our papers

The first SwissFEL data collection confirms the great quality of the instrument with a challenging experiment and demonstrates the excellent collaboration between PSI, Sosei-Heptares and leadXpro scientists.

Nass, K., Cheng, R., Vera, L., Mozzanica, A., Redford, S., Ozerov, D., Basu, S., James, D., Knopp, G., Cirelli, C., Martiel, I., Casadei, C., Weinert, T., Nogly, P., Skopintsev, P., Usov, I., Leonarski, F., Geng, T., Rappas, M., Dore, A. S., Cooke, R., Nasrollahi Shirazi, S., Dworkowski, F., Sharpe, M., Olieric, N., Bacellar, C., Bohinc, R., Steinmetz, M. O., Schertler, G., Abela, R., Patthey, L., Schmitt, B., Hennig, M., Standfuss, J., Wang, M. & Milne, C. J.

Long-wavelength pulses from the Swiss X-ray free-electron laser (XFEL) have been used for de novo protein structure determination by native single-wavelength anomalous diffraction (native-SAD) phasing of serial femtosecond crystallography (SFX) data. In this work, sensitive anomalous data-quality indicators and model proteins were used to quantify improvements in native-SAD at XFELs such as utilization of longer wavelengths, careful experimental geometry optimization, and better post-refinement and partiality correction. Compared with studies using shorter wavelengths at other XFELs and older software versions, up to one order of magnitude reduction in the required number of indexed images for native-SAD was achieved, hence lowering sample consumption and beam-time requirements significantly. Improved data quality and higher anomalous signal facilitate so-far underutilized de novo structure determination of challenging proteins at XFELs. Improvements presented in this work can be used in other types of SFX experiments that require accurate measurements of weak signals, for example time-resolved studies.

Cheng, Robert K.Y.

The advent of the X-ray free electron laser (XFEL) in the last decade created the discipline of serial crystallography but also the challenge of how crystal samples are delivered to X-ray. Early sample delivery methods demonstrated the proof-of-concept for serial crystallography and XFEL but were beset with challenges of high sample consumption, jet clogging and low data collection efficiency. The potential of XFEL and serial crystallography as the next frontier of structural solution by X-ray for small and weakly diffracting crystals and provision of ultra-fast time-resolved structural data spawned a huge amount of scientific interest and innovation. To utilize the full potential of XFEL and broaden its applicability to a larger variety of biological samples, researchers are challenged to develop better sample delivery methods. Thus, sample delivery is one of the key areas of research and development in the serial crystallography scientific community. Sample delivery currently falls into three main systems: jet-based methods, fixed-target chips, and drop-on-demand. Huge strides have since been made in reducing sample consumption and improving data collection efficiency, thus enabling the use of XFEL for many biological systems to provide high-resolution, radiation damage-free structural data as well as time-resolved dynamics studies. This review summarizes the current main strategies in sample delivery and their respective pros and cons, as well as some future direction.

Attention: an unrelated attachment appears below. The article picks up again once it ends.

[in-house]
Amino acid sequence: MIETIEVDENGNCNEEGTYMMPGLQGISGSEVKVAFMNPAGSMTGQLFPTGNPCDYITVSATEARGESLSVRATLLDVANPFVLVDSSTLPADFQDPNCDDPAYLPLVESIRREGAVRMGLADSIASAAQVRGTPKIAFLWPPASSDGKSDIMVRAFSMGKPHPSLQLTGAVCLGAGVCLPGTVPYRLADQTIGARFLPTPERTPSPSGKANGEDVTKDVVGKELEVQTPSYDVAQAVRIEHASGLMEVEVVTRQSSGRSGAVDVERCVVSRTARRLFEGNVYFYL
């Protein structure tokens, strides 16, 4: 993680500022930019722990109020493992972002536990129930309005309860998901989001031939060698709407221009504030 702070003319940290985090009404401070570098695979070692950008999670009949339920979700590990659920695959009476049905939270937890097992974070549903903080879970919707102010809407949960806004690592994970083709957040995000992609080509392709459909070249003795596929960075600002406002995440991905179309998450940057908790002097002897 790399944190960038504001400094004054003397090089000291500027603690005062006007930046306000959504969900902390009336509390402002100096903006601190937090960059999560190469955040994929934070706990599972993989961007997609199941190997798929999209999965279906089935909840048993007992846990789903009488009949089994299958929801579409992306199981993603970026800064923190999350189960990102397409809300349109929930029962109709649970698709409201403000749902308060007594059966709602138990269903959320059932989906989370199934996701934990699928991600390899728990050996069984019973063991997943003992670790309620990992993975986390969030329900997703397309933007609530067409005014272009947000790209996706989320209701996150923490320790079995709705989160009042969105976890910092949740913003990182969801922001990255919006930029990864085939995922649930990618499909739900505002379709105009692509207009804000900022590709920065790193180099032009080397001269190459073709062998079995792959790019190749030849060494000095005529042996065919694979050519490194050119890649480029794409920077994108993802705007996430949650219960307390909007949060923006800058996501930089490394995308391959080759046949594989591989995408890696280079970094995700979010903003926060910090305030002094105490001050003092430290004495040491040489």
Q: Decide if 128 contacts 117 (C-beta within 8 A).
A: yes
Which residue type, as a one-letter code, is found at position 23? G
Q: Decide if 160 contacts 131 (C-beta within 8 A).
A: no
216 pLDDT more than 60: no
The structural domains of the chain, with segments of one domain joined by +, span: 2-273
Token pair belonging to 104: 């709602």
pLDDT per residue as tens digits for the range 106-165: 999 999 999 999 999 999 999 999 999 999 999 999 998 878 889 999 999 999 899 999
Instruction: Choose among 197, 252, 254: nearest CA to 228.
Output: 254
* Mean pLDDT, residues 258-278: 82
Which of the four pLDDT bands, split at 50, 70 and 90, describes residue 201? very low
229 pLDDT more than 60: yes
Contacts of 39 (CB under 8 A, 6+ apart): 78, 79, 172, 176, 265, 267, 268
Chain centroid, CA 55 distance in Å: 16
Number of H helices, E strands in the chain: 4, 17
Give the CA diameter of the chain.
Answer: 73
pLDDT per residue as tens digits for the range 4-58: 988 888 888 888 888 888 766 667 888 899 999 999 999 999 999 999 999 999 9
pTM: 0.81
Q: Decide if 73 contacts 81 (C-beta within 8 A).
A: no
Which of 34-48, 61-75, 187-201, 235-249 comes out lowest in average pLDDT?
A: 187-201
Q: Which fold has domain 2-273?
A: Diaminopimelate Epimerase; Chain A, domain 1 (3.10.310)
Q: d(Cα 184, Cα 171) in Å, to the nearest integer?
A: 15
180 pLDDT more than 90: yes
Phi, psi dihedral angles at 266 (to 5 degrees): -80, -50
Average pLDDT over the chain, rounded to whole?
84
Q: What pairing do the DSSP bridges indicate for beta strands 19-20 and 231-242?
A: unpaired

Hennig Michael, Rufer Arne

Chapter 7 in: Structural Biology in Drug Discovery: Methods, Techniques and Practices, p. 143-164, 2020


Along the entire value creation chain of drug discovery, biophysical methods are used to reveal details on the molecular properties of a target protein and its complexes with endogenous and pharmaceutical ligands. The ultimate goal of biophysical characterization of proteins with respect to drug design is their crystallization and the subsequent elucidation of the three-dimensional structure of the target/drug complex at atomic resolution. This chapter provides the example of the monotopic membrane protein carnitine palmitoyl transferase 2 from rat (CPT-2), which was used in the course of a drug discovery program to implement methods for the characterization of protein/detergent complexes. Continuous advancement of dedicated analysis software makes analytical ultracentrifugation a promising method for the purpose of characterizing protein-protein interactions. The chapter also presents a case study on minimizing macro-inhomogeneity.

In situ crystallography as an emerging method for structure solution of membrane proteins: the case of CCR2A

Robert Cheng, Chia-Ying Huang, Michael Hennig, Herbert Nar and Gisela Schnapp

The FEBS journal (2019), 1-8

doi: https://doi.org/10.1111/febs.15098